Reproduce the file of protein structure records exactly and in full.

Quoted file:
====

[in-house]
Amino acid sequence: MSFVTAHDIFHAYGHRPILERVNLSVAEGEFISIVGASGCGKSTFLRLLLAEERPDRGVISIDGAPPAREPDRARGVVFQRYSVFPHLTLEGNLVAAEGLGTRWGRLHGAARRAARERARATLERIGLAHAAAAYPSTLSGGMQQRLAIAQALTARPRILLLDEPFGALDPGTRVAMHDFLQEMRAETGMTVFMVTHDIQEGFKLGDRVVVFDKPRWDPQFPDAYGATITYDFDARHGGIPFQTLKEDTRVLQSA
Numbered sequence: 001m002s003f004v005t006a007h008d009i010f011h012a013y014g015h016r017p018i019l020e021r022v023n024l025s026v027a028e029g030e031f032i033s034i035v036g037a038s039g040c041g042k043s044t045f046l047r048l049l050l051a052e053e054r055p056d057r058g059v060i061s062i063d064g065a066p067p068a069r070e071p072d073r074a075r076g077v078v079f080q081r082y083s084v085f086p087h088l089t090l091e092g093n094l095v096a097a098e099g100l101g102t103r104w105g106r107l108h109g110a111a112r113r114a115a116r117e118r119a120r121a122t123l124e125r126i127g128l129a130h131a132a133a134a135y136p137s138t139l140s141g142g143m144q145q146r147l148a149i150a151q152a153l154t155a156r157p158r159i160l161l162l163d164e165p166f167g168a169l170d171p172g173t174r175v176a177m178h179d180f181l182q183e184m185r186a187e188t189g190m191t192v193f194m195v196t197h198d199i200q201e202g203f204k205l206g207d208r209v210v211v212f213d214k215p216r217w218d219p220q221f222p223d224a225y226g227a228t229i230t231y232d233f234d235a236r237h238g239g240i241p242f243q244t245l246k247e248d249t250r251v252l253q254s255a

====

[in-house]
Amino acid sequence: MSFVTAHDIFHAYGHRPILERVNLSVAEGEFISIVGASGCGKSTFLRLLLAEERPDRGVISIDGAPPAREPDRARGVVFQRYSVFPHLTLEGNLVAAEGLGTRWGRLHGAARRAARERARATLERIGLAHAAAAYPSTLSGGMQQRLAIAQALTARPRILLLDEPFGALDPGTRVAMHDFLQEMRAETGMTVFMVTHDIQEGFKLGDRVVVFDKPRWDPQFPDAYGATITYDFDARHGGIPFQTLKEDTRVLQSA
Numbered sequence: 001m002s003f004v005t006a007h008d009i010f011h012a013y014g015h016r017p018i019l020e021r022v023n024l025s026v027a028e029g030e031f032i033s034i035v036g037a038s039g040c041g042k043s044t045f046l047r048l049l050l051a052e053e054r055p056d057r058g059v060i061s062i063d064g065a066p067p068a069r070e071p072d073r074a075r076g077v078v079f080q081r082y083s084v085f086p087h088l089t090l091e092g093n094l095v096a097a098e099g100l101g102t103r104w105g106r107l108h109g110a111a112r113r114a115a116r117e118r119a120r121a122t123l124e125r126i127g128l129a130h131a132a133a134a135y136p137s138t139l140s141g142g143m144q145q146r147l148a149i150a151q152a153l154t155a156r157p158r159i160l161l162l163d164e165p166f167g168a169l170d171p172g173t174r175v176a177m178h179d180f181l182q183e184m185r186a187e188t189g190m191t192v193f194m195v196t197h198d199i200q201e202g203f204k205l206g207d208r209v210v211v212f213d214k215p216r217w218d219p220q221f222p223d224a225y226g227a228t229i230t231y232d233f234d235a236r237h238g239g240i241p242f243q244t245l246k247e248d249t250r251v252l253q254s255a